Environmental inequities have disproportionately impacted communities of color and low-income communities for decades, if not centuries. It is well documented that these are vulnerable communities because they are often located in the most dangerous zones of our floodplains, or in regions that are exposed to toxic pollution sources: coal-fired power plants, open-air lagoons, nuclear waste facilities, megadumps and other polluting industries.
Even without "Cancer Alleys" equivalent to Texas and Louisiana’s or concentrated animal feeding operations equivalent to North Carolina’s, South Carolina is still grappling with a long history and continuing legacy of discrimination, segregation and environmental racism.
In the Upstate and Midlands, decade-old industrial pollution overburden communities in both urban and rural areas. New challenges loom ahead as the industrial renaissance driven by the clean energy transition risks perpetuating a false trade-off between jobs or economic growth and environmental protection. The coast is the cradle of the Gullah/Geechee people, a powerful bulwark in the ever more urgent clash between climate protection and overdevelopment. With its deep history of race relations, Charleston alone adds multiple players and layers of complexity.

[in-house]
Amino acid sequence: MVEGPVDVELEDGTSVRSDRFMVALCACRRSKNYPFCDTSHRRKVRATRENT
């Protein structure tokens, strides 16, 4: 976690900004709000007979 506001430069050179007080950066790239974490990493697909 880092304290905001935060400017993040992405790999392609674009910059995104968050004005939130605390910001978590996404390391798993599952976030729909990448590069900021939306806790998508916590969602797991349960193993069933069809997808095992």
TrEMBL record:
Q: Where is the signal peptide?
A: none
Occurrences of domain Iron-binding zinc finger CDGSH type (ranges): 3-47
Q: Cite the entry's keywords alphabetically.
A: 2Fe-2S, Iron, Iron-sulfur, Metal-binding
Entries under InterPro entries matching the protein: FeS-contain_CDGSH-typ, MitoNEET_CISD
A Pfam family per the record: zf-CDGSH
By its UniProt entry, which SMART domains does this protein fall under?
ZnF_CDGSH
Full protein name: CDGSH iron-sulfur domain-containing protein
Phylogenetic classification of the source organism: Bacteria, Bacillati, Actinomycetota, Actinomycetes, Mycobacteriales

SCELP’s vision of environmental protection and justice has long included more citizens, especially from vulnerable communities, aware of their rights and trusting SCELP to represent their interests. SCELP’s environmental justice operations reflect a long-standing commitment to provide communities with top-notch legal support in matters that impact their health and their environment.
SCELP 2022-2026 Strategic Plan directs us to counter environmental inequities in frontline communities and carry forward SCELP’s original motto “no case is too small” whenever a vulnerable community seeks assistance in our areas of expertise.
We hope you will join our efforts to advance environmental justice across South Carolina.
On behalf of the Gullah/Geechee Sea Island Coalition, we are seeking to intervene in a developer's appeal of the Beaufort County Planning Commission's decision to deny its request to construct three golf courses in conjunction with a gated community resort on St. Helena Island. SCELP is committed to advocating on behalf of the Gullah/Geechee people and culture.
The Ten Mile community, a historic African American settlement community, is located in Charleston County. We are working with the Ten Mile Neighborhood Association to fight over-development that threatens environmental and cultural resources.